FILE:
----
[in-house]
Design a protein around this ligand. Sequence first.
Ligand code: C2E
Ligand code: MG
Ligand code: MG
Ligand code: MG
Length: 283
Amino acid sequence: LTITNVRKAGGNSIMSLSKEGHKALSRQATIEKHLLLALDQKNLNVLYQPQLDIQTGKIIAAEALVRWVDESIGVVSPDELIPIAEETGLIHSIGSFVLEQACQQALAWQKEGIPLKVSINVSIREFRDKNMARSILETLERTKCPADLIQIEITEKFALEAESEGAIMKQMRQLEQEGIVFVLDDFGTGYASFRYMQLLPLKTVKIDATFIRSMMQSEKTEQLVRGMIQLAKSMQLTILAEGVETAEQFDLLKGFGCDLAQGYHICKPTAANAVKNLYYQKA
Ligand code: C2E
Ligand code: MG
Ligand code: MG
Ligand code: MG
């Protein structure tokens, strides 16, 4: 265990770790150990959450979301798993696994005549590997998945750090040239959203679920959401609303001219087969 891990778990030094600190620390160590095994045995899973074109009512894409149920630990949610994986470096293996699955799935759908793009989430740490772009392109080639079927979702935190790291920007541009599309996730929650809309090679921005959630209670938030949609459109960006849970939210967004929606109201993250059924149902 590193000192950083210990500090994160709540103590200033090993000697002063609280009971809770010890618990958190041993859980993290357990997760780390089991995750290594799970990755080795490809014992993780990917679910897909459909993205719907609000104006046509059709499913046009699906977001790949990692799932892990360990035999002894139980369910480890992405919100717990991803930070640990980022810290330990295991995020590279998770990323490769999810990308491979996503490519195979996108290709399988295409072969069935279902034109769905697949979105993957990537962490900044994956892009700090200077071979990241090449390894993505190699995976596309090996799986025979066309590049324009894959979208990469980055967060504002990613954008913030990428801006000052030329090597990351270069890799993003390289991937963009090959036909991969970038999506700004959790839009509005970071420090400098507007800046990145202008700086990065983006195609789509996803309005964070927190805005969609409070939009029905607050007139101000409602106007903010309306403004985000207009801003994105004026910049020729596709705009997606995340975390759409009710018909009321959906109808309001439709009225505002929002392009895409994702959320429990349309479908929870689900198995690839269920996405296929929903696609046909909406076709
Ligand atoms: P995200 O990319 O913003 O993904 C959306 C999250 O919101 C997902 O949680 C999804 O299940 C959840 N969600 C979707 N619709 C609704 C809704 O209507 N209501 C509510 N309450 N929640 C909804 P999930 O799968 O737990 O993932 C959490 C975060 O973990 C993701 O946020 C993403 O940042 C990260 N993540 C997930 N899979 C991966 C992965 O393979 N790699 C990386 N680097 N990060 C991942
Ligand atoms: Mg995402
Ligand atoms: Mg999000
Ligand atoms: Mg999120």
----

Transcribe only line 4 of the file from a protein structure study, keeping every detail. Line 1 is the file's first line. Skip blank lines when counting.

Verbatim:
Ligand code: MG